Figure 1
figure 1

Sample locations for grey reef sharks C. amblyrhynchos (circles) and scalloped hammerhead S. lewini (triangles) in Papua New Guinea. Map created using ArcMap 10.2.1 (

DNA was extracted using the Wizard© SV Genomic DNA Purification system (Promega, Australia); tissue extractions were undertaken using SV minicolumns following modifications to the manufacturer’s instructions (i.e. overnight tissue digestion; amount of supernatant used to elute DNA was reduced; DNA elution times increased). DNA was quantified using a Nanodrop 8000 UV-Vis Spectrophotometer (Thermo Scientific, USA) and standardised to 20ng/uL.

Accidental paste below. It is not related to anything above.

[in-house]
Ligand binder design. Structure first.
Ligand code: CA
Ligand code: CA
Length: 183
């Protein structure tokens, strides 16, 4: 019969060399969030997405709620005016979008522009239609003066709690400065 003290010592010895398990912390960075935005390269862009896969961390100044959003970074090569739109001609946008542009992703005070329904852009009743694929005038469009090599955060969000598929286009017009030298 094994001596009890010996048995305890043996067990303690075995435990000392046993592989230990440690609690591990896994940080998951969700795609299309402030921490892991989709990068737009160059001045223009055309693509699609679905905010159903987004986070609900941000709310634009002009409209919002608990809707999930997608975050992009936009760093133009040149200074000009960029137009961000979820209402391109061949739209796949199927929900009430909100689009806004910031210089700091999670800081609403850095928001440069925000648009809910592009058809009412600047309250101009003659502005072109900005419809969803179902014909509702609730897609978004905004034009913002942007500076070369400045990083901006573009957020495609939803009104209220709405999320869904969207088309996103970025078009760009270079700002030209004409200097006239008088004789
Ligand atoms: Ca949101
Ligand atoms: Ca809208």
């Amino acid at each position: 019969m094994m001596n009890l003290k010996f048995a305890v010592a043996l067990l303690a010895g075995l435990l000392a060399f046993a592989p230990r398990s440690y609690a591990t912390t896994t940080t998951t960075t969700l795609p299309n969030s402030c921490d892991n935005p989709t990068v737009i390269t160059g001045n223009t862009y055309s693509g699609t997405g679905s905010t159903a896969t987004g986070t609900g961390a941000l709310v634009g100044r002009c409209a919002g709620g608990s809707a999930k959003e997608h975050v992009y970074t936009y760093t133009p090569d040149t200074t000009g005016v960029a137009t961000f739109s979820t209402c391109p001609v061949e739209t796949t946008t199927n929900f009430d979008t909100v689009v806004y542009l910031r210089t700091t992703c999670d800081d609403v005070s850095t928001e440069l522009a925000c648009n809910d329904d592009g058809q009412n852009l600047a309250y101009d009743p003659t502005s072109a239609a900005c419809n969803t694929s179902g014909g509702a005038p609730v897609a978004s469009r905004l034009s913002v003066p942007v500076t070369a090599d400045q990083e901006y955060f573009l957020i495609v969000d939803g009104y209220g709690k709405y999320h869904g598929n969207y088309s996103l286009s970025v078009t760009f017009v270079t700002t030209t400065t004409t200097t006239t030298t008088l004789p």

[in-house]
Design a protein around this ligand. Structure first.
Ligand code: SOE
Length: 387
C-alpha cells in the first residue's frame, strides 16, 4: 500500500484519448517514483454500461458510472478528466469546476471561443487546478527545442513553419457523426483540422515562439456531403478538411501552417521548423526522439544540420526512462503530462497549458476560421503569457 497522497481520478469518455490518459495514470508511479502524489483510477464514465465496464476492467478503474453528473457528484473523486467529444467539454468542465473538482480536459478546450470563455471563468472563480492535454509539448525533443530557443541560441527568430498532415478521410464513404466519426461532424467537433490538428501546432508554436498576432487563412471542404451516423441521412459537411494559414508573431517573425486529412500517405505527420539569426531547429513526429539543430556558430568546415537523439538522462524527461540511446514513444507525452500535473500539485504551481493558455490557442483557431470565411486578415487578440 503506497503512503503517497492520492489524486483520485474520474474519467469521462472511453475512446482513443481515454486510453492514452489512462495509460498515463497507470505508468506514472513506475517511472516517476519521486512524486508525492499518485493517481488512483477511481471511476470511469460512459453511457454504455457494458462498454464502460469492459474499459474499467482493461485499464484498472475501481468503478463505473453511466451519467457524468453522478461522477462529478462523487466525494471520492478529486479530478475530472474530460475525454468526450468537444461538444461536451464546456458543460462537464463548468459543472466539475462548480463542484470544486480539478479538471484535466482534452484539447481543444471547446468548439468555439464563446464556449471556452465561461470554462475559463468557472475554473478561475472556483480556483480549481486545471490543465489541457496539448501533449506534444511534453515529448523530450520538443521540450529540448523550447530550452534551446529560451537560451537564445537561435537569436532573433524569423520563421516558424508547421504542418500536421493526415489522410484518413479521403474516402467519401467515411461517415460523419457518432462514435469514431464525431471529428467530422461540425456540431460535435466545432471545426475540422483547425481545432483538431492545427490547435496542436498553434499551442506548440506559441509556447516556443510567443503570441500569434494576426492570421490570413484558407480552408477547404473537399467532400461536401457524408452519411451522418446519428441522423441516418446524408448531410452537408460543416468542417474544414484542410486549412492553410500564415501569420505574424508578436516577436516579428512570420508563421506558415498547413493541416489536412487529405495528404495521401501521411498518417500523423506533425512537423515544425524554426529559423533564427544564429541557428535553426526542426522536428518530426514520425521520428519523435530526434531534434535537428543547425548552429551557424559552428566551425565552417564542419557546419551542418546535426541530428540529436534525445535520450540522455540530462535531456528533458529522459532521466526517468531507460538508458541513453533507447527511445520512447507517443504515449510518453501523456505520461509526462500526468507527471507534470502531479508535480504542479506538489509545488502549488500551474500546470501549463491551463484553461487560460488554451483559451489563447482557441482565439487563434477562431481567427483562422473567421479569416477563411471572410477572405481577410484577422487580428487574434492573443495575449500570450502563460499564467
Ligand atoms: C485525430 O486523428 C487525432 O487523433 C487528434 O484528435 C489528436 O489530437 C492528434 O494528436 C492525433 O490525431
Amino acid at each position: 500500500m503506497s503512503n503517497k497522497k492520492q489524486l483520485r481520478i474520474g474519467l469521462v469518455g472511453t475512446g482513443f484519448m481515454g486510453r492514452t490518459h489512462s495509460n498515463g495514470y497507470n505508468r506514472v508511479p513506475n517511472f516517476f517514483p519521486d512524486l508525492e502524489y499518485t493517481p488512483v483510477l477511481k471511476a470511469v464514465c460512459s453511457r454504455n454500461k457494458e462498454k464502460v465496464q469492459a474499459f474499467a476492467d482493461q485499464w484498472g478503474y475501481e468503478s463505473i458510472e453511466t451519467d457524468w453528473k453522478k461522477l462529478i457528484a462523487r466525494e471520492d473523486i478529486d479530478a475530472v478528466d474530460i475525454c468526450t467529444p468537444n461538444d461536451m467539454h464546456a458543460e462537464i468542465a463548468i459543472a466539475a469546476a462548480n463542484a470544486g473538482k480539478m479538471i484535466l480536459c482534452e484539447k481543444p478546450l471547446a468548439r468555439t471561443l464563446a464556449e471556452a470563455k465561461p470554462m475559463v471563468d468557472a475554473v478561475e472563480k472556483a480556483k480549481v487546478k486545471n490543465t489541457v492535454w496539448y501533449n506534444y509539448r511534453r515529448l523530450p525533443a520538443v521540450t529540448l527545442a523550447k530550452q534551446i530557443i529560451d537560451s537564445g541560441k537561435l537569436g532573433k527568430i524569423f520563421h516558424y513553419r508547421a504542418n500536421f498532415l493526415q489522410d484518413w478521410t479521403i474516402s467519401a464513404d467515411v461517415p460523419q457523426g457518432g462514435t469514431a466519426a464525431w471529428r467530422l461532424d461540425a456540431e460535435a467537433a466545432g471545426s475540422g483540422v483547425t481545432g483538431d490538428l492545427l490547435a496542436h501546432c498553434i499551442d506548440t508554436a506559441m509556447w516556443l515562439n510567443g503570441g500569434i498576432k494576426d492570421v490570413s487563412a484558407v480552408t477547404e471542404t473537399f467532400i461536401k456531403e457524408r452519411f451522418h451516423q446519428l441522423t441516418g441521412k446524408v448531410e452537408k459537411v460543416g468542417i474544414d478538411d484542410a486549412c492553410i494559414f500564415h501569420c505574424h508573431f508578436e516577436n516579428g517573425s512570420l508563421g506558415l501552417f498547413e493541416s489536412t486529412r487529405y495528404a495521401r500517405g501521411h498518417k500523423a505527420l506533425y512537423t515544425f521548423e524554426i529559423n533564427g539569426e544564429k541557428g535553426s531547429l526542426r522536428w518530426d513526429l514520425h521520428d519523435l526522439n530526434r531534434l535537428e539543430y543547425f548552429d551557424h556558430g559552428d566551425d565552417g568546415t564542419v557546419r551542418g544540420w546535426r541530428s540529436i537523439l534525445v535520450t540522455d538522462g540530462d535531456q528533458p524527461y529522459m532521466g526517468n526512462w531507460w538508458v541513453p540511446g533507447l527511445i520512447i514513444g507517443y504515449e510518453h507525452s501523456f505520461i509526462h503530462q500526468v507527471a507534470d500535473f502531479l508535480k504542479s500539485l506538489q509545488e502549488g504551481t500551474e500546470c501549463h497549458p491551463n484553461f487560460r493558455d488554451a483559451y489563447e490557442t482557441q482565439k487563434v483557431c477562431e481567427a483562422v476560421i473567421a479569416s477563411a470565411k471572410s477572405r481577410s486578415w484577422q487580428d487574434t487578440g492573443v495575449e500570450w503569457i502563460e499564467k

Microsatellites from pups in each litter were amplified by Polymerase Chain Reaction (PCR) and compared to genotypes in the corresponding mother. Species-specific microsatellite primers for grey reef sharks and scalloped hammerheads were from Momigliano et al.33 and Nance et al.34 respectively33, 34. In the current study, microsatellite multiplexes were developed to enable cost effective screening. Forward primers were labelled with 6-FAM, VIC, NED and PET proprietary dyes and multiplexed (Table 1). PCR reactions consisted of GoTaq© Colourless Master Mix (Promega, USA), Bovine Serum Albumin (Promega, USA), 0.2 µM of each individual F and R primer (see Table 1 for multiplexes), and 0.8 ng/µl DNA in a 25 µL reaction. For scalloped hammerheads, thermal cycling consisted of initial denaturation at 94 °C × 3 minutes, 35 cycles of 94 °C × 1 minute, 58 °C × 30 seconds, 72 °C × 1 minute and a final extension of 72 °C × 10 minutes. Thermal cycling for grey reef sharks consisted of a touch-down protocol including initial denaturation at 94 °C × 3 minutes, 35 cycles of 94 °C × 1 minute, 5 cycles of 56 °C × 30 seconds, 5 cycles of 54 °C × 30 seconds, 25 cycles of 52 °C × 30 seconds, 35 cycles of 72 °C × 1 minute and a final extension of 72 °C × 10 minutes. Following PCR amplification, Gene ScanTM LIZ 500® size standard (Thermofisher Scientific, USA) and formamide were added to 3 µL of each PCR reaction and 20 µL sample volumes were run on an ABI 3130XL AutoDNA sequencer (Thermofisher, USA). Genotypes were scored and checked by eye using Geneious© R8.1.4 Microsatellite plug-in program (Biomatters Ltd Auckland, New Zealand).